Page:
Fancy trying King Louis XV’s Cocoa Recipe?

Chocolate was brought back from the Americas by the Spanish conquistadors at the end of the 16th century but was only officially introduced to the French royal court by Anne of Austria, daughter of the king of Spain, in 1615 when she married King Louis XIII of France. Chocolate at that time was served as a drink and was reserved for the elite, the rich and the powerful.

In 1660, another queen, Marie-Thérèse of Austria, King Louis XIV’s wife, develops a passion for the drink that she drinks all day long. She is neglected by her husband and finds comfort in the hot beverage. It is said that her quarters were filled with the delicious waft of cocoa.

This passion for cocoa is soon shared by her rival, Madame de Maintenon, the King’s mistress, who turns it into a fashion. In Versailles it is served every Monday, Wednesday, and Thursday at the Court, and in 1680 the word ‘chocolat’ makes its entry in the dictionary.

The craze for cocoa becomes greater with King Louis XV; he is a real cocoa enthusiast and even prepares it himself (yes, himself!) in his own apartments following his own recipe. And here it is in its original French:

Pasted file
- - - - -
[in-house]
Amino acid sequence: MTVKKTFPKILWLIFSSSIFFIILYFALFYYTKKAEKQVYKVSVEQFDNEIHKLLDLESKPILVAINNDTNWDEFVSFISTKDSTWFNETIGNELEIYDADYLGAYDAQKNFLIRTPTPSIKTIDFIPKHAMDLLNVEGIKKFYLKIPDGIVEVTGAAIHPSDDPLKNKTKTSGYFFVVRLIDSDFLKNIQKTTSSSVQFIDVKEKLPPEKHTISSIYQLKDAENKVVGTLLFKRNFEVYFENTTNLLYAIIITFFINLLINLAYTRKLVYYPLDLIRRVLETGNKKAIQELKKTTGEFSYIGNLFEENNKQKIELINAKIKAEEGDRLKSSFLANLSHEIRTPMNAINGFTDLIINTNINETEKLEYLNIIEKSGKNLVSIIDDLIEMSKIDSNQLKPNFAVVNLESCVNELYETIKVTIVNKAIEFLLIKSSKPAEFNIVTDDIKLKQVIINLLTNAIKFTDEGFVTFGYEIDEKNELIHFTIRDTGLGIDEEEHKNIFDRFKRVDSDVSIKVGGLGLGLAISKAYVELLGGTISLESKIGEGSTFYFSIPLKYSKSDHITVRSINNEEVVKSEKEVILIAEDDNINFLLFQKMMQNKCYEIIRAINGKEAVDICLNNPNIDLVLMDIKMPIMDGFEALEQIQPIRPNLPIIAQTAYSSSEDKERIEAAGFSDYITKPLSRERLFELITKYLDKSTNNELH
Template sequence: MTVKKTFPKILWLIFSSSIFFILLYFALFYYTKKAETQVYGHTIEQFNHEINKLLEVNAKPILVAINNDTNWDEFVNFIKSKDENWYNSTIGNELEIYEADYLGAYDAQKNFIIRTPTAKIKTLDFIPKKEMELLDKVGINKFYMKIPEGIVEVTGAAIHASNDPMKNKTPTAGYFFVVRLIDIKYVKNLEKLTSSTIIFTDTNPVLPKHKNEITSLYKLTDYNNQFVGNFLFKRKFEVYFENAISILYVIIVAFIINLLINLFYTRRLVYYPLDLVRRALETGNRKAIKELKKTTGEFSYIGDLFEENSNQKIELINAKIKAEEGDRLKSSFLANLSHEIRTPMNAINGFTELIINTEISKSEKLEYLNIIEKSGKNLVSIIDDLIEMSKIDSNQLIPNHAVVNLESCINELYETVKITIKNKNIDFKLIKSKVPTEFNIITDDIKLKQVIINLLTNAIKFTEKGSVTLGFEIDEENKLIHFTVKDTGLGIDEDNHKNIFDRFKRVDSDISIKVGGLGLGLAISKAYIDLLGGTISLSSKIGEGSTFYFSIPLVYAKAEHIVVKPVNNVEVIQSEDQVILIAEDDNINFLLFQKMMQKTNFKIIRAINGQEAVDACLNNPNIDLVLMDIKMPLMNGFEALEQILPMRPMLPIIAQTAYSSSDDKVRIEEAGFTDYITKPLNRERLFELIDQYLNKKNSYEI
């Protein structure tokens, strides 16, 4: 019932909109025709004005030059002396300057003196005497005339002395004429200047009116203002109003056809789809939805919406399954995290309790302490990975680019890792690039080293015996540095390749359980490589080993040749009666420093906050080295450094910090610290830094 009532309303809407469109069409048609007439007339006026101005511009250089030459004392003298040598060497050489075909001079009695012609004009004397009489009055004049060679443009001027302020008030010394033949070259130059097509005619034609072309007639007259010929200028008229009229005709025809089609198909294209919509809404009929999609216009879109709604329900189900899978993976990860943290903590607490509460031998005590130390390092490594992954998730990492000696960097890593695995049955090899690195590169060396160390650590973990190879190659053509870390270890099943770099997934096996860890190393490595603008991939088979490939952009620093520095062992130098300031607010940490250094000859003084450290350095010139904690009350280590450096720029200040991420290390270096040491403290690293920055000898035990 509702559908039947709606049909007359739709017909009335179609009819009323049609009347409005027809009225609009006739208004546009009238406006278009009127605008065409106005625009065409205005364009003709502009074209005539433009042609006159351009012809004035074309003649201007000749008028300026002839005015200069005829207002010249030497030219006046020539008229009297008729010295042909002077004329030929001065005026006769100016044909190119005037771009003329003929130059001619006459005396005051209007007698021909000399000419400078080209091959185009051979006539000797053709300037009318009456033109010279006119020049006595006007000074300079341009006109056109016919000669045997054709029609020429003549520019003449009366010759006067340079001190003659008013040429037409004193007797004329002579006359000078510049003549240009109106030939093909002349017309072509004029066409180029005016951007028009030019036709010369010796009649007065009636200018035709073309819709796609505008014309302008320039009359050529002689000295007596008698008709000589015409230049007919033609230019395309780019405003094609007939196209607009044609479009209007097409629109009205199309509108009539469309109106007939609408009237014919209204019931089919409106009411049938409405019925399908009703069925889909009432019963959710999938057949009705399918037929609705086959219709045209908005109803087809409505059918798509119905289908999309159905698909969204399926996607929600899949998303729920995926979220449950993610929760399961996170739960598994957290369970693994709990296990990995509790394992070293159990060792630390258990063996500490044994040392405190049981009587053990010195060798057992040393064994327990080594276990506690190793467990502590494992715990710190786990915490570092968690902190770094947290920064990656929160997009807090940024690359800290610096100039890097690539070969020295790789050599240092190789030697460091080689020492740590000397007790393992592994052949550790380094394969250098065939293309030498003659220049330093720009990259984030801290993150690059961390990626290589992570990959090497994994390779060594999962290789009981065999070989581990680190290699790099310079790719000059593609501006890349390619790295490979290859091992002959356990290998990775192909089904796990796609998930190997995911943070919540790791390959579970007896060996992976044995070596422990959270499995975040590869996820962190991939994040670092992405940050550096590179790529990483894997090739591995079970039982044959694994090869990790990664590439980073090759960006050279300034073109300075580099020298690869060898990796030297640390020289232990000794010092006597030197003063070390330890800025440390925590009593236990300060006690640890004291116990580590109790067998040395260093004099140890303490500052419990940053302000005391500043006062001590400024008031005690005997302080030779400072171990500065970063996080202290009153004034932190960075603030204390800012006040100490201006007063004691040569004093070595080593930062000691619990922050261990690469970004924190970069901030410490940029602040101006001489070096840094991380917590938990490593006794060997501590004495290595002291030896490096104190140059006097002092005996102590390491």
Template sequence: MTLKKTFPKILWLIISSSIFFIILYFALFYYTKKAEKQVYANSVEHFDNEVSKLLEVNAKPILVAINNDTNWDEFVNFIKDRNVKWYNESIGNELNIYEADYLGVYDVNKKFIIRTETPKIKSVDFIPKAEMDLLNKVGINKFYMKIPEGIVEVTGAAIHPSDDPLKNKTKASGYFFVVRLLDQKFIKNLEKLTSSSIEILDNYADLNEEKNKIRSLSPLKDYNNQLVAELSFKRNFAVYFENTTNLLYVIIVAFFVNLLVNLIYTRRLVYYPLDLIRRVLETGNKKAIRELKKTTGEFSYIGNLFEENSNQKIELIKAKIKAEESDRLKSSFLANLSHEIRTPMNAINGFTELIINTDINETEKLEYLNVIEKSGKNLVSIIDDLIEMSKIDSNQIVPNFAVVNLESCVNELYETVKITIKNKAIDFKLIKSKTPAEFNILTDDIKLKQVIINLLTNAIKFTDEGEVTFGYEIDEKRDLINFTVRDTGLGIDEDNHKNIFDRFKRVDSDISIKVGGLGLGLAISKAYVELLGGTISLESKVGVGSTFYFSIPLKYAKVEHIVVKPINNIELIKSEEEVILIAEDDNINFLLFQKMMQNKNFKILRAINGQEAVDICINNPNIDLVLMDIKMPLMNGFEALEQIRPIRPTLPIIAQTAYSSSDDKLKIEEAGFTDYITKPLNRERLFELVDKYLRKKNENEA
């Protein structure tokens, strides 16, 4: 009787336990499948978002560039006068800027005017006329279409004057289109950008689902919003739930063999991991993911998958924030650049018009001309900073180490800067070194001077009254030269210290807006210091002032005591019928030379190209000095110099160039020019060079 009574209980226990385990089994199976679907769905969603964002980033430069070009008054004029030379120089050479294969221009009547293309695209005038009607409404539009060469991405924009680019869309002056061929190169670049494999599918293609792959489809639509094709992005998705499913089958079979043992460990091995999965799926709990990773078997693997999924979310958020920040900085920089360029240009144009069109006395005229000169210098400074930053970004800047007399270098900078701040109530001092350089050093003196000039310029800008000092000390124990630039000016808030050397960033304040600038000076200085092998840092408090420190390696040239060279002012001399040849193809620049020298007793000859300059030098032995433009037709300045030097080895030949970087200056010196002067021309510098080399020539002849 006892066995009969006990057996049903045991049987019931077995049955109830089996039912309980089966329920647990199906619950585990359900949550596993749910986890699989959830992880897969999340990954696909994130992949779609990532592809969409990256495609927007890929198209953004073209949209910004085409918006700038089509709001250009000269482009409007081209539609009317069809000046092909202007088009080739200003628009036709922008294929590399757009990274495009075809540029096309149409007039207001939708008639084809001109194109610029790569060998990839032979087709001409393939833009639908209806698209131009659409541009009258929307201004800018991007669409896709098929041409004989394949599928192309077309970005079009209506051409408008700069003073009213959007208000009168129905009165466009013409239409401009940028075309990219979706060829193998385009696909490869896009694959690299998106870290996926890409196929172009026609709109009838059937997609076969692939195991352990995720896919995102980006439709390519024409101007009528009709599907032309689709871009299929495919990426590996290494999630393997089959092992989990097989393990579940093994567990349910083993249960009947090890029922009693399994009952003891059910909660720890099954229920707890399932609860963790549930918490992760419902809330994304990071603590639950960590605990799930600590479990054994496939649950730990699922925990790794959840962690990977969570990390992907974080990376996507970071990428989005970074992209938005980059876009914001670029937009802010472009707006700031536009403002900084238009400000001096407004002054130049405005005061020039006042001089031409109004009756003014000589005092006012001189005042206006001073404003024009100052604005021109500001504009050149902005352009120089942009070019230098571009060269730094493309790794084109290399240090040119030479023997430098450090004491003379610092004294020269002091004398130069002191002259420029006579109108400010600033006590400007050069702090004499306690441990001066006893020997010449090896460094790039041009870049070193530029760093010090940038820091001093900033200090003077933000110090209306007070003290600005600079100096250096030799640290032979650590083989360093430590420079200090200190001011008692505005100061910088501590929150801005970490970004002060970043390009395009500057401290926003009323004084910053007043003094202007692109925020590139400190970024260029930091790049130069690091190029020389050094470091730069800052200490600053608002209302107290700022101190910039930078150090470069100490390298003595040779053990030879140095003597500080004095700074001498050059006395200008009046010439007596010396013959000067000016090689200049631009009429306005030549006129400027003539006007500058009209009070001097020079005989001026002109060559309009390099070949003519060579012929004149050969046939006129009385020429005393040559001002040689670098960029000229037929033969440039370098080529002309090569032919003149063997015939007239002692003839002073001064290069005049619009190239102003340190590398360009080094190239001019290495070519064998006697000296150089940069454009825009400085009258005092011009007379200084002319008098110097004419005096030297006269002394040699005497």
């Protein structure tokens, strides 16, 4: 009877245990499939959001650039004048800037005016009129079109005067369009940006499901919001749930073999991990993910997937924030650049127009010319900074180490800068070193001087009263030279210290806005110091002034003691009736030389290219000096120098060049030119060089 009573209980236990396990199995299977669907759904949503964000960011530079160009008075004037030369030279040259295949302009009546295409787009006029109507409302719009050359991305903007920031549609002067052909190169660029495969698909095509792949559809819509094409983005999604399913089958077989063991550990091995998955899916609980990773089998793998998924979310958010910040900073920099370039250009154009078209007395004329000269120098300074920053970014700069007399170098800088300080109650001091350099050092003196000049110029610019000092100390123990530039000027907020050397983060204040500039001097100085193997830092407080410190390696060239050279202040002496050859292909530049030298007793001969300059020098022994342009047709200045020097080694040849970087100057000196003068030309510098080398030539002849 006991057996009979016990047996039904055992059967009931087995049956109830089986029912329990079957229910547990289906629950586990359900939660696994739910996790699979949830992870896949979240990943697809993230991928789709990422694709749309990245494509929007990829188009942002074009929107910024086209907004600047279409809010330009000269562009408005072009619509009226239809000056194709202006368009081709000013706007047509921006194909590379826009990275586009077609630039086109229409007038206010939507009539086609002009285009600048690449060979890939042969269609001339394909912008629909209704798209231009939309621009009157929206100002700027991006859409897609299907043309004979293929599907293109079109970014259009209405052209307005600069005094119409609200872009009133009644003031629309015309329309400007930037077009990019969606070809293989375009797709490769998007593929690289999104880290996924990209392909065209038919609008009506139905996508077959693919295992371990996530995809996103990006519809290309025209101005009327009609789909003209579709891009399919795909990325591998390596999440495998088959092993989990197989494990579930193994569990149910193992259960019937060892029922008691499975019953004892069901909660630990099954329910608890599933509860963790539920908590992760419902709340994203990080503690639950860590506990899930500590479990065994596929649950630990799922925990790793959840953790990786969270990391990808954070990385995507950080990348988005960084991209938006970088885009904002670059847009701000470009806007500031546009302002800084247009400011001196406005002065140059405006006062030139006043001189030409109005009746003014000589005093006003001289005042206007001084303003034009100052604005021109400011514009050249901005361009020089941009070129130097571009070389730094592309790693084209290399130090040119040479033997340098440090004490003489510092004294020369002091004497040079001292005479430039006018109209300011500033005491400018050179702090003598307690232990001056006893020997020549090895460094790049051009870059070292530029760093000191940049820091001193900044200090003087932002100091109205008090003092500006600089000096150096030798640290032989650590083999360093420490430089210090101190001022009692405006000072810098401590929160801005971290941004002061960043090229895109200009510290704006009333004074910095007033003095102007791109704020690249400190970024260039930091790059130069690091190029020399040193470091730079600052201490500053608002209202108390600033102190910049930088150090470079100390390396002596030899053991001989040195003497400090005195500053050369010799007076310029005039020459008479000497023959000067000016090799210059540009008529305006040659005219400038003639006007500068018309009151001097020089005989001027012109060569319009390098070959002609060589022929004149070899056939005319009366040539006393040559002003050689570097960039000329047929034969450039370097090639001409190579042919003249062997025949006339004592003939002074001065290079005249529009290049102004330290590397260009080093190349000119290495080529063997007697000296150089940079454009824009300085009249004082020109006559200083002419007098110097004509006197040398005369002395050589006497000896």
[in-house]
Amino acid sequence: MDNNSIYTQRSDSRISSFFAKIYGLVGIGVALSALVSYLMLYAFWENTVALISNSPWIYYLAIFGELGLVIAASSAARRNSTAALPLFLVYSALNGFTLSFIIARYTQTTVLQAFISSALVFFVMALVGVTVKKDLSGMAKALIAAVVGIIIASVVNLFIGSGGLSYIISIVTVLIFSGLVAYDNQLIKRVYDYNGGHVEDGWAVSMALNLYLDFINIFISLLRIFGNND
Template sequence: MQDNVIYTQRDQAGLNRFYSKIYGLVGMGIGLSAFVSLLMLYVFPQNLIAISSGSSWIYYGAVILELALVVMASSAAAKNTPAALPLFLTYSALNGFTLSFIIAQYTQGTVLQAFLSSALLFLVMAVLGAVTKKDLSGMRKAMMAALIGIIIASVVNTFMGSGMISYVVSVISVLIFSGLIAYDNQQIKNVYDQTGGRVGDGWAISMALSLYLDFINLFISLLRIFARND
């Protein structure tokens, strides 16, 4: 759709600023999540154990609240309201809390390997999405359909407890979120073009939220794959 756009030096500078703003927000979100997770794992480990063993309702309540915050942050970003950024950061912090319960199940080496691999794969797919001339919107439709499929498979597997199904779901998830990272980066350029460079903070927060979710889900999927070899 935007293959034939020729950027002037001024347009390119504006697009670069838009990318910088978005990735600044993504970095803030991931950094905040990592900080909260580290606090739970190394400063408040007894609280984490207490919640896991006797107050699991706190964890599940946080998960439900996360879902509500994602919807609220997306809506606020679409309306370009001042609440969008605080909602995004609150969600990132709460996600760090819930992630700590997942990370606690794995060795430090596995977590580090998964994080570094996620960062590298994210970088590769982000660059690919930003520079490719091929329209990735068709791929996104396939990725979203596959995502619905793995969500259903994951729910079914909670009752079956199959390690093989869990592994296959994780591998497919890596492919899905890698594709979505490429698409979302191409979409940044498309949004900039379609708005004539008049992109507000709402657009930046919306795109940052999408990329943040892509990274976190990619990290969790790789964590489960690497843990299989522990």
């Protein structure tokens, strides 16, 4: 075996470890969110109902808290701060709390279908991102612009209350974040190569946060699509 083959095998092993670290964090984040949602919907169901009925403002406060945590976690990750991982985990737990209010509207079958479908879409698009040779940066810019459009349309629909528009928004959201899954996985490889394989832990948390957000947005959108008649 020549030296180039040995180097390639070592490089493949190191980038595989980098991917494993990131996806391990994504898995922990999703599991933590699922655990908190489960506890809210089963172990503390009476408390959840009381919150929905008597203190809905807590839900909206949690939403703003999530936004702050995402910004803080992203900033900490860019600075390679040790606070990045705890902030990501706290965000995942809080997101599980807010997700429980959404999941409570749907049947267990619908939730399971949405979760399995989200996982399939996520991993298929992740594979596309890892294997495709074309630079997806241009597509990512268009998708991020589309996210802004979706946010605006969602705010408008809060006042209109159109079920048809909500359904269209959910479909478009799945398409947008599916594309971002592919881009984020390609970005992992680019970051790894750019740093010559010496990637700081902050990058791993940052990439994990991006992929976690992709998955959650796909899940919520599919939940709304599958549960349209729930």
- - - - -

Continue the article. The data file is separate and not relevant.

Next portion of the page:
For those of you who find that their 18th century French is a little rusty, here is a rough translation:

Put as many bars of chocolate as cups of water in coffee pot and let them simmer gently; when you are ready to serve, add an egg yolk for 4 cups and stir with a stick on a gentle heat without bringing to the boil. If it is prepared the day before, it is better, those who have it everyday reserve a leaven for the one they will make the next day ; you can, instead of the egg yolk add the whisked egg white, after the first lather has been removed, mix it in a little chocolate from the coffee pot, and add it to the pot and finish as for the egg yolk.”

Yummy! I hope this recipe is as clear for you as it is for me. I am not entirely certain I am going to rush and try it, but if you do, please let me know what it tastes like. If it’s fit for a king, designed by a king and made by a king himself (yes, himself!), it can’t be that bad.